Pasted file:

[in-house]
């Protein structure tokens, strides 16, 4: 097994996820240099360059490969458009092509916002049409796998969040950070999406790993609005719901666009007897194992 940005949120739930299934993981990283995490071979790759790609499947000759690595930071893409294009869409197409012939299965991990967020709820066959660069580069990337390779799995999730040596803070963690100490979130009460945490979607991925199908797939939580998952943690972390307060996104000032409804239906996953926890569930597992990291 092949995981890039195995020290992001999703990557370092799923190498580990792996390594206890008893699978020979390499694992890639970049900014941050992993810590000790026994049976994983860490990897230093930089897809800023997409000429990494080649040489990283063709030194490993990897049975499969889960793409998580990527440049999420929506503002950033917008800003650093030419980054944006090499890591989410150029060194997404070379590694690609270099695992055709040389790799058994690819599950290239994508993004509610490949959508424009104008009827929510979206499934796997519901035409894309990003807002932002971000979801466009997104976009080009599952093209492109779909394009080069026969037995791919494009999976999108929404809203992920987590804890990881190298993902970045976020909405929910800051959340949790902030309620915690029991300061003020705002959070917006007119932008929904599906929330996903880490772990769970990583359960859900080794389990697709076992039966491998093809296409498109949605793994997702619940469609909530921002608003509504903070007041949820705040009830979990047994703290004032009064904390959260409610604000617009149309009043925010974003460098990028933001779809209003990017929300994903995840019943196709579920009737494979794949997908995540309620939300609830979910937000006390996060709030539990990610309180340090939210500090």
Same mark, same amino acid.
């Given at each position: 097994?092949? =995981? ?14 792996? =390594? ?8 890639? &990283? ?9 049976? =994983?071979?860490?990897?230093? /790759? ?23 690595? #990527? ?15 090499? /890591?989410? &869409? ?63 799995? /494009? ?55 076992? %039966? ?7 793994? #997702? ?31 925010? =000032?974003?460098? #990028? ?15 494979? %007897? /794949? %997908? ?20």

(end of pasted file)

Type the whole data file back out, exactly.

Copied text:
[in-house]
């Protein structure tokens, strides 16, 4: 097994996820240099360059490969458009092509916002049409796998969040950070999406790993609005719901666009007897194992 940005949120739930299934993981990283995490071979790759790609499947000759690595930071893409294009869409197409012939299965991990967020709820066959660069580069990337390779799995999730040596803070963690100490979130009460945490979607991925199908797939939580998952943690972390307060996104000032409804239906996953926890569930597992990291 092949995981890039195995020290992001999703990557370092799923190498580990792996390594206890008893699978020979390499694992890639970049900014941050992993810590000790026994049976994983860490990897230093930089897809800023997409000429990494080649040489990283063709030194490993990897049975499969889960793409998580990527440049999420929506503002950033917008800003650093030419980054944006090499890591989410150029060194997404070379590694690609270099695992055709040389790799058994690819599950290239994508993004509610490949959508424009104008009827929510979206499934796997519901035409894309990003807002932002971000979801466009997104976009080009599952093209492109779909394009080069026969037995791919494009999976999108929404809203992920987590804890990881190298993902970045976020909405929910800051959340949790902030309620915690029991300061003020705002959070917006007119932008929904599906929330996903880490772990769970990583359960859900080794389990697709076992039966491998093809296409498109949605793994997702619940469609909530921002608003509504903070007041949820705040009830979990047994703290004032009064904390959260409610604000617009149309009043925010974003460098990028933001779809209003990017929300994903995840019943196709579920009737494979794949997908995540309620939300609830979910937000006390996060709030539990990610309180340090939210500090």
Same mark, same amino acid.
């Given at each position: 097994?092949? =995981? ?14 792996? =390594? ?8 890639? &990283? ?9 049976? =994983?071979?860490?990897?230093? /790759? ?23 690595? #990527? ?15 090499? /890591?989410? &869409? ?63 799995? /494009? ?55 076992? %039966? ?7 793994? #997702? ?31 925010? =000032?974003?460098? #990028? ?15 494979? %007897? /794949? %997908? ?20």